Definition of Posture

1. Noun. The arrangement of the body and its limbs. "He assumed an attitude of surrender"




2. Verb. Behave affectedly or unnaturally in order to impress others. "She postured and made a total fool of herself"
Exact synonyms: Pose
Generic synonyms: Acquit, Bear, Behave, Carry, Comport, Conduct, Deport
Specialized synonyms: Attitudinise, Attitudinize
Derivative terms: Pose, Pose

3. Noun. Characteristic way of bearing one's body. "Stood with good posture"
Exact synonyms: Bearing, Carriage
Generic synonyms: Bodily Property
Specialized synonyms: Manner Of Walking, Walk, Slouch, Gracefulness, Awkwardness, Clumsiness
Derivative terms: Bear, Carry, Postural

4. Verb. Assume a posture as for artistic purposes. "We don't know the woman who posed for Leonardo so often"
Exact synonyms: Model, Pose, Sit
Category relationships: Art, Artistic Creation, Artistic Production
Generic synonyms: Display, Exhibit, Expose
Specialized synonyms: Ramp
Derivative terms: Model, Pose, Poser, Posing, Sitter, Sitting

5. Noun. A rationalized mental attitude.
Exact synonyms: Position, Stance
Generic synonyms: Attitude, Mental Attitude
Specialized synonyms: Hard Line, Point Of View, Stand, Standpoint, Viewpoint
Derivative terms: Stand

6. Noun. Capability in terms of personnel and materiel that affect the capacity to fight a war. "Politicians have neglected our military posture"

Definition of Posture

1. n. The position of the body; the situation or disposition of the several parts of the body with respect to each other, or for a particular purpose; especially (Fine Arts), the position of a figure with regard to the several principal members by which action is expressed; attitude.

2. v. t. To place in a particular position or attitude; to dispose the parts of, with reference to a particular purpose; as, to posture one's self; to posture a model.

3. v. i. To assume a particular posture or attitude; to contort the body into artificial attitudes, as an acrobat or contortionist; also, to pose.

Definition of Posture

1. Noun. The way a person holds and positions their body. ¹

2. Noun. A situation or condition. ¹

3. Noun. One's attitude or the social or political position one takes towards an issue or another person. ¹

4. Noun. (rare) The position of someone or something relative to another; position; situation. ¹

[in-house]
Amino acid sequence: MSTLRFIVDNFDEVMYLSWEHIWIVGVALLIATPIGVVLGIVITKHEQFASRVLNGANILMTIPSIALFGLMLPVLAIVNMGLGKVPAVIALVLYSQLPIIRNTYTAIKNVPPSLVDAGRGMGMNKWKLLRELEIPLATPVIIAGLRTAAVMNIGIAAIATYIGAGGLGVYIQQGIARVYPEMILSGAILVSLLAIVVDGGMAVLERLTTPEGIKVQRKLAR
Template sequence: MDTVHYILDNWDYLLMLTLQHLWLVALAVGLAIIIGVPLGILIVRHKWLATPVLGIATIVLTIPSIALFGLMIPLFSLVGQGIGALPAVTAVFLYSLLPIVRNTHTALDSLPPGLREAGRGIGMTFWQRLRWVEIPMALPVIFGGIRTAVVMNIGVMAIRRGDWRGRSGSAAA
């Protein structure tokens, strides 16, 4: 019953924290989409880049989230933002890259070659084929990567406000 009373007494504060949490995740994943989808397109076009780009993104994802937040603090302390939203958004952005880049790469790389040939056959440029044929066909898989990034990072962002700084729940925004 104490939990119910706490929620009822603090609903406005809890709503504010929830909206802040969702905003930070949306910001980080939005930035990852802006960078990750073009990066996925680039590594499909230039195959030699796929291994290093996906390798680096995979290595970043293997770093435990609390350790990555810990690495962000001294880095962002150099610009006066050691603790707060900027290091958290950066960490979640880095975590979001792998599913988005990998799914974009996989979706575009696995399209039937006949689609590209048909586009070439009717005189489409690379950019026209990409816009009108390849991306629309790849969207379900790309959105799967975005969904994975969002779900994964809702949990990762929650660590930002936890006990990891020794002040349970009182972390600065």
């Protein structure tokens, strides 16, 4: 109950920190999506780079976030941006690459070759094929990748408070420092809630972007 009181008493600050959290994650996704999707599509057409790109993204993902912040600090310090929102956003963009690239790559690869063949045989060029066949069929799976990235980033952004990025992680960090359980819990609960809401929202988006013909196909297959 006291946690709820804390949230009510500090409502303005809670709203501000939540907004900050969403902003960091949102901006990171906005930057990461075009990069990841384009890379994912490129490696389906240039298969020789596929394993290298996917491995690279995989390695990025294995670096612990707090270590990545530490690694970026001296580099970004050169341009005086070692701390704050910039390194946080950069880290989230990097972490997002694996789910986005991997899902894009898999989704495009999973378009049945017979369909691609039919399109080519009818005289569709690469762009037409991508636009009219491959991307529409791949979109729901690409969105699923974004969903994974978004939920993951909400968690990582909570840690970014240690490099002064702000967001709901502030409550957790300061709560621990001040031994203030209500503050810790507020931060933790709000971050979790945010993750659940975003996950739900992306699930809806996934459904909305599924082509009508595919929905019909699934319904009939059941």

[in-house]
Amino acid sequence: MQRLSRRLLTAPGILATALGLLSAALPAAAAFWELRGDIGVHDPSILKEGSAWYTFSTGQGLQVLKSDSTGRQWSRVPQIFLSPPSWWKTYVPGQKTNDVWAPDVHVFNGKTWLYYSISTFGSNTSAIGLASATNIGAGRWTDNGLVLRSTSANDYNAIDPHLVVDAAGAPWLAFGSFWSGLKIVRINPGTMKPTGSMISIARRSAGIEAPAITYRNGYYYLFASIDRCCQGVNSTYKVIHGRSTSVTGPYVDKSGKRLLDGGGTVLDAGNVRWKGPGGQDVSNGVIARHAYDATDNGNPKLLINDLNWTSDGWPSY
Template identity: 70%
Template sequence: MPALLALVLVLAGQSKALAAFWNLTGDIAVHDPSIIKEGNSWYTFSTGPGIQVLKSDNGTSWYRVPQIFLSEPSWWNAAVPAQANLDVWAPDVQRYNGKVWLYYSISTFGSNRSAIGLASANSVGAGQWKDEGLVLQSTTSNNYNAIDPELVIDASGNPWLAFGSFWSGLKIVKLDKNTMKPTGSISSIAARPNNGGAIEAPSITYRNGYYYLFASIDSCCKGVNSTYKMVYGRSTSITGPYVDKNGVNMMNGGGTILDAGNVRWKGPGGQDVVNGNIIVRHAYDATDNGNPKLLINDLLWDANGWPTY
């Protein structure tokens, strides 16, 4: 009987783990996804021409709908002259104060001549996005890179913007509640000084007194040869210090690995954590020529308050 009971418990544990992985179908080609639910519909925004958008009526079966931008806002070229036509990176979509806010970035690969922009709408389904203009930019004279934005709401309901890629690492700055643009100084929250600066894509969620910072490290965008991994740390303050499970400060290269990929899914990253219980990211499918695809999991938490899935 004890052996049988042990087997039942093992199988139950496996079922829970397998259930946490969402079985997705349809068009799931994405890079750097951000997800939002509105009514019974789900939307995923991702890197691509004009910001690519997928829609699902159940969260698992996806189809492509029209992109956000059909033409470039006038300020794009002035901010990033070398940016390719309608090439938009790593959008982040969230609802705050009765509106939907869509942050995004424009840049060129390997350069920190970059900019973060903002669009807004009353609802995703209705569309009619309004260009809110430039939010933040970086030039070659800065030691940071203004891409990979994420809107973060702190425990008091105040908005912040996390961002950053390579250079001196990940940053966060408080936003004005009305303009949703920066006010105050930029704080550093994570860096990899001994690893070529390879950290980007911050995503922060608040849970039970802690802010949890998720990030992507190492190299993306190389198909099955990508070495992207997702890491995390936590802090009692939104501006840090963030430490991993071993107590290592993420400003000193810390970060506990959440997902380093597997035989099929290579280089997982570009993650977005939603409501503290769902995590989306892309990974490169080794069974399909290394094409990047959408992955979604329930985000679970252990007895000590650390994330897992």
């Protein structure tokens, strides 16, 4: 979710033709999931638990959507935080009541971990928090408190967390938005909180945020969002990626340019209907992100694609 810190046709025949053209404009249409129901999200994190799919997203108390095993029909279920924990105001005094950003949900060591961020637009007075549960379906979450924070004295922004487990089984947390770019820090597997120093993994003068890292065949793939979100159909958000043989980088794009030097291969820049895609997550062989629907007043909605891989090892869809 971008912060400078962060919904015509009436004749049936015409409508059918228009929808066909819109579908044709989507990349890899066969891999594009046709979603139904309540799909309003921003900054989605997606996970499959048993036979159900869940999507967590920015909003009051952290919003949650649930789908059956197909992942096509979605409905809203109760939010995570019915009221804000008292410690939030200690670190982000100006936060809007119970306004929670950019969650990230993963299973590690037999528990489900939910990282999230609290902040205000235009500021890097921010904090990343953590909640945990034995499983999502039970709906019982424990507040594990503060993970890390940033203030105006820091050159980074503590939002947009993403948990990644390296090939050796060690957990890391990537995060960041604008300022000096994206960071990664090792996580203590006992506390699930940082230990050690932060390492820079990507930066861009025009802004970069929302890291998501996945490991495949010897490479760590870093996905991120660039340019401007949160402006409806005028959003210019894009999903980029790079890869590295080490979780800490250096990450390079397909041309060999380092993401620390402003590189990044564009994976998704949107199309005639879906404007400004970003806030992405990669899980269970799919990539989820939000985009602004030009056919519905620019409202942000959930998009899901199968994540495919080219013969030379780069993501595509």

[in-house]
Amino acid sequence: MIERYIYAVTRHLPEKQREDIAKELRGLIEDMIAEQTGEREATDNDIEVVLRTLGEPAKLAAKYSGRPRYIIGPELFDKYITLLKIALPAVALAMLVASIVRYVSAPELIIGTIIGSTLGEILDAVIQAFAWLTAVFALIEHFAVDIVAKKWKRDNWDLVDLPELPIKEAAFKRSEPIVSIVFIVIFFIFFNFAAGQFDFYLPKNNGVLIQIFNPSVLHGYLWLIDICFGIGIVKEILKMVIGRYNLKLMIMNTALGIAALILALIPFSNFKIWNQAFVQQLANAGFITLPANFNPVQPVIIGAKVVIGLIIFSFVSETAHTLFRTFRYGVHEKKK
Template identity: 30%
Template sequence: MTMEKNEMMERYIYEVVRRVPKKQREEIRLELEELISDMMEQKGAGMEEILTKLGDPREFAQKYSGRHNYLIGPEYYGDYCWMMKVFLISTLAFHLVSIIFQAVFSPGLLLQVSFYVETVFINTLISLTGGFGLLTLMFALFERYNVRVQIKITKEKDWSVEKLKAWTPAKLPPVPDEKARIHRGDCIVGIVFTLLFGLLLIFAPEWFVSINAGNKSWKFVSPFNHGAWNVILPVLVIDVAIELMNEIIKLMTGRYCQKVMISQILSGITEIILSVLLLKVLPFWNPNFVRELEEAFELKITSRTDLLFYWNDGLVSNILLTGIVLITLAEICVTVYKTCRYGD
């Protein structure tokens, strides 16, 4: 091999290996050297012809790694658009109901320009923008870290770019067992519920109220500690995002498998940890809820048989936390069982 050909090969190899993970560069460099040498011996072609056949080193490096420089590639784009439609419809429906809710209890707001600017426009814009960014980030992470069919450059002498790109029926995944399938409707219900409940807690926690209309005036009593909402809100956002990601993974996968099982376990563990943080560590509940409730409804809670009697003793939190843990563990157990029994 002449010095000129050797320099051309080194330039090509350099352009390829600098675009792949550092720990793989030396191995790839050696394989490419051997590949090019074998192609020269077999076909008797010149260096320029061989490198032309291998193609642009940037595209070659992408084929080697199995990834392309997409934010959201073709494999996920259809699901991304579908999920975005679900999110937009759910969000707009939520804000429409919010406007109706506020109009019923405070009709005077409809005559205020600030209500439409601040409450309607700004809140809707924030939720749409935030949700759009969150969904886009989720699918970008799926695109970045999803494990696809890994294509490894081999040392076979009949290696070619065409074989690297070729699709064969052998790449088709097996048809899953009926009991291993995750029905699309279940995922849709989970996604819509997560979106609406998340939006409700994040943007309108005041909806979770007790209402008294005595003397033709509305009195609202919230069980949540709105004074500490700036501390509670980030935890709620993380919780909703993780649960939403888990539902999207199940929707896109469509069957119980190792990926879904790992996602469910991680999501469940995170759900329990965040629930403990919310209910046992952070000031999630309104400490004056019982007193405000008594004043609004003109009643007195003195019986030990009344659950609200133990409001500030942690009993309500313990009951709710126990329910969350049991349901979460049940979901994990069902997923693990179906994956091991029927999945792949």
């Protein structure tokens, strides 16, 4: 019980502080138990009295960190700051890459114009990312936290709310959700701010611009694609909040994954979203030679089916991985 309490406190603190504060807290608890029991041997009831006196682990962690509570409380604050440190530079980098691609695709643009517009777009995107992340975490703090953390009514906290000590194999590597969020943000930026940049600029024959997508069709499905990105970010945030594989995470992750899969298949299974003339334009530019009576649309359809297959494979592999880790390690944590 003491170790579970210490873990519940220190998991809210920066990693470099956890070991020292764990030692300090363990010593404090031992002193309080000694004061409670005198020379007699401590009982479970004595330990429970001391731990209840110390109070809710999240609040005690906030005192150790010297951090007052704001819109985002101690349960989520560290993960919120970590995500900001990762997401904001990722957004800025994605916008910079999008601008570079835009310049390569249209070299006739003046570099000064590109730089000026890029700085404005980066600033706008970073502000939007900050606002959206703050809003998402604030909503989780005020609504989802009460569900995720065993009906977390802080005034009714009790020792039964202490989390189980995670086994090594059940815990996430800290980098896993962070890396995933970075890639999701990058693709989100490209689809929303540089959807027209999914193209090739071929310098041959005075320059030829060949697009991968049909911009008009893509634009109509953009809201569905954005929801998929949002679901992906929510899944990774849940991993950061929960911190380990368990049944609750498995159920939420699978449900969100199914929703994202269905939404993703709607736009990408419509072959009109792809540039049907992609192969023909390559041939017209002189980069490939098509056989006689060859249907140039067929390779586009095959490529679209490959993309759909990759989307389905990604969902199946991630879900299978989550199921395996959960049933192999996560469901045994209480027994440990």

5. Verb. (intransitive) to put one's body into a posture or series of postures, especially hoping that one will be noticed and admired ¹

6. Verb. (intransitive) to pretend to have an opinion or a conviction ¹

¹ Source: wiktionary.com

Definition of Posture

1. to assume a particular position [v -TURED, -TURING, -TURES]

Lexicographical Neighbors of Posture

postulated
postulates
postulating
postulation
postulational
postulations
postulator
postulators
postulatory
postulatum
postumous
postundergraduate
postural
postural hypotension
posturally
posture (current term)
postured
posturer
posturers
postures
posturing
posturings
posturist
posturists
postvacation
postvaccinal
postvaccination
postvagotomy
postvasectomy
postverbal

Literary usage of Posture

Below you will find example usage of this term as found in modern and/or classical literature:

1. School Management: Including a Full Discussion of School Economy, School by Albert Newton Raub (1882)
"posture of Pupils.—Whether sitting or standing, the posture of the pupil should ... In general a graceful posture is easy, and an easy one is graceful and ..."

2. The Yoga-system of Patañjali: Or, The Ancient Hindu Doctrine of by Patañjali, Vyāsa, Vācaspatimiśra (1914)
"That arrangement in which one finds entire (sidhyati) stability and ease,—this is the posture that is stable-and- easy. This is the one from among these ..."

3. Gymnastic Teaching by William Skarstrom (1921)
"Moreover, once the balance in muscular tone is lost and faulty posture becomes habitual, the individual's habits of associated muscular action are also ..."

4. Health Education in Rural Schools by James Mace Andress (1919)
"CHAPTER XII posture AND HEALTH Only in the perfectly erect position of the body ... The seriousness of bad posture. Bad posture is too often regarded as a ..."

5. The American Journal of the Medical Sciences by Southern Society for Clinical Investigation (U.S.) (1894)
"... posture, ether being the anaesthetic employed. He attributes this complication to " the specific effect of the ether plus the elevated position," and is ..."

6. The Gentleman's Magazine (1828)
"plan of my companion, but finding it so very steep, and not liking the hanging posture by one arm, I acted more securely, but was much longer about it; ..."

7. Macmillan's Magazine by David Masson, George Grove, John Morley, Mowbray Morris (1869)
"But with that remarkable tenacity of ecclesiastical usages, which retains particles of such usages when the larger part has disappeared, the ancient posture ..."

8. NATO's Future: Toward a New Transatlantic Bargain by Stanley R. Sloan (1995)
"NATO has never had the nonnuclear forces deployed in Central E,urope to support a deterrent posture balanced equally on strategic nuclear, theater nuclear, ..."

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